JCAHO outlines causes of most wrong-site surgery

Operating on the wrong part of a patient’s body is an obvious sign that there’s a fault in your operating room (OR) system. New advice from the Joint Commission on the Accreditation of Health care Organizations (JCAHO) in Oakbrook Terrace, IL, can help you pinpoint the problem.

The mistake usually can be traced to multiple surgeons, multiple procedures, pressure to operate quickly, and unusual body characteristics, according to a recent JCAHO report. Its accreditation committee has reviewed 15 cases of wrong-site surgery in the two years since the sentinel event policy has been in place. A root cause analysis was conducted after each incident, and JCAHO used that information to determine the common characteristics of the incidents.

Wrong-site surgery occurred most commonly in orthopedic procedures, accounting for 10 of the incidents; there also were three urologic and two neurologic procedures. JCAHO reports that these factors apparently contributed to the wrong-site surgeries:

o More than one surgeon was involved. This could be because multiple surgeries were anticipated, or the patient’s case was transferred from one surgeon to another.

o There were multiple surgeries on one visit to the OR. The risk is greater if multiple surgeries are on both sides of the patient.

o The surgical team was pressed for time. The pressure to move quickly could be related to an unusual starting time or pressure to hurry through pre-op procedures so the surgeon can start working.

o The patient had unusual characteristics. Any physical deformity could complicate the preoperative process and the procedure. Extreme obesity, for instance, can cause the surgical team to alter normal equipment setup and patient positioning.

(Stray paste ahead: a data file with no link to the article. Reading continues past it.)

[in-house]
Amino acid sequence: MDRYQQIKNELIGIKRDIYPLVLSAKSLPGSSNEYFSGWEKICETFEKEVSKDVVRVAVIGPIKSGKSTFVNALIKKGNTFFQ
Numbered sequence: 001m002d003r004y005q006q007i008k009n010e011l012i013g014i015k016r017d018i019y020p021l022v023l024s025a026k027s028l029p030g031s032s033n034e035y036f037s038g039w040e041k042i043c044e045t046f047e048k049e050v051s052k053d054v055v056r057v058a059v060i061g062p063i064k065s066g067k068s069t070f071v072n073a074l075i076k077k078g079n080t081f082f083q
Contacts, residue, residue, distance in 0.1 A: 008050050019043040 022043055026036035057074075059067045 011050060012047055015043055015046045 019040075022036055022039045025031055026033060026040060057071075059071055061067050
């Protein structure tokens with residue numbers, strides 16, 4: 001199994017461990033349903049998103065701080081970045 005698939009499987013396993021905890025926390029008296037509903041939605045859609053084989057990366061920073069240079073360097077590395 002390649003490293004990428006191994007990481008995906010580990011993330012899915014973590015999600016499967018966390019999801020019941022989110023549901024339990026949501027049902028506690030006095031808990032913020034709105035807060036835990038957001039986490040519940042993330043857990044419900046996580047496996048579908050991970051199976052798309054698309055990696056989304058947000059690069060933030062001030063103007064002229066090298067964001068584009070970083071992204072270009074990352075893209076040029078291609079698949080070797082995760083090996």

As might be expected, poor communication is usually behind the wrong-site surgery incidents. The 15 hospitals cited the main causes as miscommunication and faults with pre-op assessment and the procedures used to verify the operative site. The communication problems fell into two broad categories: 1) failure to engage the patient or family in the process of identifying the correct surgical site and 2) incomplete or inaccurate communication among surgical team members. The poor communication among team members often took the form of excluding some members, such as the surgical technicians, from the site verification process. In other cases, the team relied solely on the surgeon to verify the correct operative site.

JCAHO cited these other contributing factors:

• failure to review medical records or imaging studies immediately before operating;

• no formal procedure for verifying correct site;

• no final OR check before starting procedure;

• no oral communication in verification process;

• failure to have all relevant information sources in OR;

• not using a checklist;

• atmosphere in which surgical team members felt they were not permitted to point out errors;

• attitude that surgeons should never be questioned.

With those findings in mind, JCAHO makes the following recommendations for preventing wrong-site surgeries:

• Clearly mark the operative site.

• Involve the patient in marking process to improve its reliability.

• Require each surgical team member to orally verify the correct surgical site.

• Use a checklist that includes any documents mentioning the correct site — including the medical record, X-rays, other imaging studies, informed consent documents, the OR record, and the anesthesia record — and direct observation of the marked operative site on the patient;

• ensure the surgeon personally takes part in obtaining informed consent;

• monitor OR procedures to ensure verification procedures are followed, especially for high-risk ones.